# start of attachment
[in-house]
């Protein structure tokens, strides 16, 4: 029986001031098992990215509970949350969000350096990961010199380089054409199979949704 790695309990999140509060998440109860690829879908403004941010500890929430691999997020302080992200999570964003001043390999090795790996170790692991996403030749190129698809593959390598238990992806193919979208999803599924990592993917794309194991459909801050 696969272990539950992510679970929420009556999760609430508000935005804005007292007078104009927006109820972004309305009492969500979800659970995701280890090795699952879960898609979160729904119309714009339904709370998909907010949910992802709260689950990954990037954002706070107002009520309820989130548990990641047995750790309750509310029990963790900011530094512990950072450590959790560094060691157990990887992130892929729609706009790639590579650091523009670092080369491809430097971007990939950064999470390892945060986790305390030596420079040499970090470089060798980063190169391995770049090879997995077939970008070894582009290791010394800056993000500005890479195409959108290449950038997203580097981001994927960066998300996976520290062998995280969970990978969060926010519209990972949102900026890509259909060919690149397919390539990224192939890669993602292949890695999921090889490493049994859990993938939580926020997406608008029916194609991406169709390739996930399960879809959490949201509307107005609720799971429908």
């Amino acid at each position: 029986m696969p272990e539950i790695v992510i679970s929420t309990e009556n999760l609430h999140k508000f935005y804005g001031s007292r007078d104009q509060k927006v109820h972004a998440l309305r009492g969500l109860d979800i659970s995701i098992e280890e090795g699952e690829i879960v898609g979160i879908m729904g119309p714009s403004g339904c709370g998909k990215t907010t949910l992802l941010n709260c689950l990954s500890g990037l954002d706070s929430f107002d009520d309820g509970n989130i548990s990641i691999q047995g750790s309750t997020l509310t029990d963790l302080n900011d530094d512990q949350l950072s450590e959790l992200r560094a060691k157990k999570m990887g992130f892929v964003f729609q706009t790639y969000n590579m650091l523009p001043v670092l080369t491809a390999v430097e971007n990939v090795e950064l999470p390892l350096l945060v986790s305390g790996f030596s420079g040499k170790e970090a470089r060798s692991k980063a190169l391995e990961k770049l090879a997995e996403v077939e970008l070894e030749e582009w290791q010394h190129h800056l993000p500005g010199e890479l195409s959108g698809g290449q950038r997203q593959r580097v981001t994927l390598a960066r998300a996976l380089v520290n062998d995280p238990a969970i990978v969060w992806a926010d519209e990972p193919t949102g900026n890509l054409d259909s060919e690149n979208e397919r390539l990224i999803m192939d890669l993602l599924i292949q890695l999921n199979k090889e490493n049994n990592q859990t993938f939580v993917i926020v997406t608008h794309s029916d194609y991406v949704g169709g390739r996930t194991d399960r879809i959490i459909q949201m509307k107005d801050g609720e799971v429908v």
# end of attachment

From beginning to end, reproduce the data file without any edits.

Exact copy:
[in-house]
């Protein structure tokens, strides 16, 4: 029986001031098992990215509970949350969000350096990961010199380089054409199979949704 790695309990999140509060998440109860690829879908403004941010500890929430691999997020302080992200999570964003001043390999090795790996170790692991996403030749190129698809593959390598238990992806193919979208999803599924990592993917794309194991459909801050 696969272990539950992510679970929420009556999760609430508000935005804005007292007078104009927006109820972004309305009492969500979800659970995701280890090795699952879960898609979160729904119309714009339904709370998909907010949910992802709260689950990954990037954002706070107002009520309820989130548990990641047995750790309750509310029990963790900011530094512990950072450590959790560094060691157990990887992130892929729609706009790639590579650091523009670092080369491809430097971007990939950064999470390892945060986790305390030596420079040499970090470089060798980063190169391995770049090879997995077939970008070894582009290791010394800056993000500005890479195409959108290449950038997203580097981001994927960066998300996976520290062998995280969970990978969060926010519209990972949102900026890509259909060919690149397919390539990224192939890669993602292949890695999921090889490493049994859990993938939580926020997406608008029916194609991406169709390739996930399960879809959490949201509307107005609720799971429908």
């Amino acid at each position: 029986m696969p272990e539950i790695v992510i679970s929420t309990e009556n999760l609430h999140k508000f935005y804005g001031s007292r007078d104009q509060k927006v109820h972004a998440l309305r009492g969500l109860d979800i659970s995701i098992e280890e090795g699952e690829i879960v898609g979160i879908m729904g119309p714009s403004g339904c709370g998909k990215t907010t949910l992802l941010n709260c689950l990954s500890g990037l954002d706070s929430f107002d009520d309820g509970n989130i548990s990641i691999q047995g750790s309750t997020l509310t029990d963790l302080n900011d530094d512990q949350l950072s450590e959790l992200r560094a060691k157990k999570m990887g992130f892929v964003f729609q706009t790639y969000n590579m650091l523009p001043v670092l080369t491809a390999v430097e971007n990939v090795e950064l999470p390892l350096l945060v986790s305390g790996f030596s420079g040499k170790e970090a470089r060798s692991k980063a190169l391995e990961k770049l090879a997995e996403v077939e970008l070894e030749e582009w290791q010394h190129h800056l993000p500005g010199e890479l195409s959108g698809g290449q950038r997203q593959r580097v981001t994927l390598a960066r998300a996976l380089v520290n062998d995280p238990a969970i990978v969060w992806a926010d519209e990972p193919t949102g900026n890509l054409d259909s060919e690149n979208e397919r390539l990224i999803m192939d890669l993602l599924i292949q890695l999921n199979k090889e490493n049994n990592q859990t993938f939580v993917i926020v997406t608008h794309s029916d194609y991406v949704g169709g390739r996930t194991d399960r879809i959490i459909q949201m509307k107005d801050g609720e799971v429908v």